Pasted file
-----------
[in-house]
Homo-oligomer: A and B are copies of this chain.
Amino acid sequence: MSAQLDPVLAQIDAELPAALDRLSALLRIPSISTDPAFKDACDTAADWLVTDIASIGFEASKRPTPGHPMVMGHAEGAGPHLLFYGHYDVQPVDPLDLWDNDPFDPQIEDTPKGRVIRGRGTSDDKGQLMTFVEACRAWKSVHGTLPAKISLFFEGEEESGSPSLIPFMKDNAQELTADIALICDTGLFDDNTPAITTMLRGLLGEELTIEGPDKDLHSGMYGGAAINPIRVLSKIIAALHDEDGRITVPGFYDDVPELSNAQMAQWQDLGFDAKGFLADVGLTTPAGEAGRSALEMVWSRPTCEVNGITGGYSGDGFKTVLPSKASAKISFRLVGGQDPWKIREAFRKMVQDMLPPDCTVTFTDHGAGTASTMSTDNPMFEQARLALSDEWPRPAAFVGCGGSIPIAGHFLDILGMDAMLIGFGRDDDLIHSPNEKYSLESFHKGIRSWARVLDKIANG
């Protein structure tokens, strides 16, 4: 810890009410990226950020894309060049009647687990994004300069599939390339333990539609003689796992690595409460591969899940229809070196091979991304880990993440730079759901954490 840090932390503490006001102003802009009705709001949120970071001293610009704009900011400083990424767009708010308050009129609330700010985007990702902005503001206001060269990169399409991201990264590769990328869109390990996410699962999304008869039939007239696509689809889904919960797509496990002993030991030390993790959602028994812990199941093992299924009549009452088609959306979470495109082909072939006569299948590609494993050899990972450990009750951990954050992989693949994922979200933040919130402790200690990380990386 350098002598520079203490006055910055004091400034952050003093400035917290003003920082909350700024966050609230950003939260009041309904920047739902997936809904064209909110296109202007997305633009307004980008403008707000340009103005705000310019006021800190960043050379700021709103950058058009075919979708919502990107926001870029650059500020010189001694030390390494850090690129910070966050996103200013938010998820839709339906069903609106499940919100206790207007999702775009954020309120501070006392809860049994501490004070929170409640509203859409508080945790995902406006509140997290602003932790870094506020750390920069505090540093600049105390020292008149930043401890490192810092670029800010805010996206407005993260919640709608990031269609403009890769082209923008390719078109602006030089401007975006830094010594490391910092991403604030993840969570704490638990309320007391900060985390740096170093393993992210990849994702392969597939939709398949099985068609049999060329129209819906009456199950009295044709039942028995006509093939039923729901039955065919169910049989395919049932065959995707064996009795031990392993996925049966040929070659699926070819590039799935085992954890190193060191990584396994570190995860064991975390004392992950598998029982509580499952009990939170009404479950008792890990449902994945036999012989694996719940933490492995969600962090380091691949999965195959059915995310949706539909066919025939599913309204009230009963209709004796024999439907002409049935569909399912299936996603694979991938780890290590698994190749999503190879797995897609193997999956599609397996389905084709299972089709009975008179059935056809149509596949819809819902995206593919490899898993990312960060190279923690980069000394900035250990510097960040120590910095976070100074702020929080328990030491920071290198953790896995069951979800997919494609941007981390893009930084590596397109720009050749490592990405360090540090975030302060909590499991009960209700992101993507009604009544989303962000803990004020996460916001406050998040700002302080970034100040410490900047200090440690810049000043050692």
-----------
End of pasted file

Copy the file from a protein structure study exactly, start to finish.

[in-house]
Homo-oligomer: A and B are copies of this chain.
Amino acid sequence: MSAQLDPVLAQIDAELPAALDRLSALLRIPSISTDPAFKDACDTAADWLVTDIASIGFEASKRPTPGHPMVMGHAEGAGPHLLFYGHYDVQPVDPLDLWDNDPFDPQIEDTPKGRVIRGRGTSDDKGQLMTFVEACRAWKSVHGTLPAKISLFFEGEEESGSPSLIPFMKDNAQELTADIALICDTGLFDDNTPAITTMLRGLLGEELTIEGPDKDLHSGMYGGAAINPIRVLSKIIAALHDEDGRITVPGFYDDVPELSNAQMAQWQDLGFDAKGFLADVGLTTPAGEAGRSALEMVWSRPTCEVNGITGGYSGDGFKTVLPSKASAKISFRLVGGQDPWKIREAFRKMVQDMLPPDCTVTFTDHGAGTASTMSTDNPMFEQARLALSDEWPRPAAFVGCGGSIPIAGHFLDILGMDAMLIGFGRDDDLIHSPNEKYSLESFHKGIRSWARVLDKIANG
């Protein structure tokens, strides 16, 4: 810890009410990226950020894309060049009647687990994004300069599939390339333990539609003689796992690595409460591969899940229809070196091979991304880990993440730079759901954490 840090932390503490006001102003802009009705709001949120970071001293610009704009900011400083990424767009708010308050009129609330700010985007990702902005503001206001060269990169399409991201990264590769990328869109390990996410699962999304008869039939007239696509689809889904919960797509496990002993030991030390993790959602028994812990199941093992299924009549009452088609959306979470495109082909072939006569299948590609494993050899990972450990009750951990954050992989693949994922979200933040919130402790200690990380990386 350098002598520079203490006055910055004091400034952050003093400035917290003003920082909350700024966050609230950003939260009041309904920047739902997936809904064209909110296109202007997305633009307004980008403008707000340009103005705000310019006021800190960043050379700021709103950058058009075919979708919502990107926001870029650059500020010189001694030390390494850090690129910070966050996103200013938010998820839709339906069903609106499940919100206790207007999702775009954020309120501070006392809860049994501490004070929170409640509203859409508080945790995902406006509140997290602003932790870094506020750390920069505090540093600049105390020292008149930043401890490192810092670029800010805010996206407005993260919640709608990031269609403009890769082209923008390719078109602006030089401007975006830094010594490391910092991403604030993840969570704490638990309320007391900060985390740096170093393993992210990849994702392969597939939709398949099985068609049999060329129209819906009456199950009295044709039942028995006509093939039923729901039955065919169910049989395919049932065959995707064996009795031990392993996925049966040929070659699926070819590039799935085992954890190193060191990584396994570190995860064991975390004392992950598998029982509580499952009990939170009404479950008792890990449902994945036999012989694996719940933490492995969600962090380091691949999965195959059915995310949706539909066919025939599913309204009230009963209709004796024999439907002409049935569909399912299936996603694979991938780890290590698994190749999503190879797995897609193997999956599609397996389905084709299972089709009975008179059935056809149509596949819809819902995206593919490899898993990312960060190279923690980069000394900035250990510097960040120590910095976070100074702020929080328990030491920071290198953790896995069951979800997919494609941007981390893009930084590596397109720009050749490592990405360090540090975030302060909590499991009960209700992101993507009604009544989303962000803990004020996460916001406050998040700002302080970034100040410490900047200090440690810049000043050692």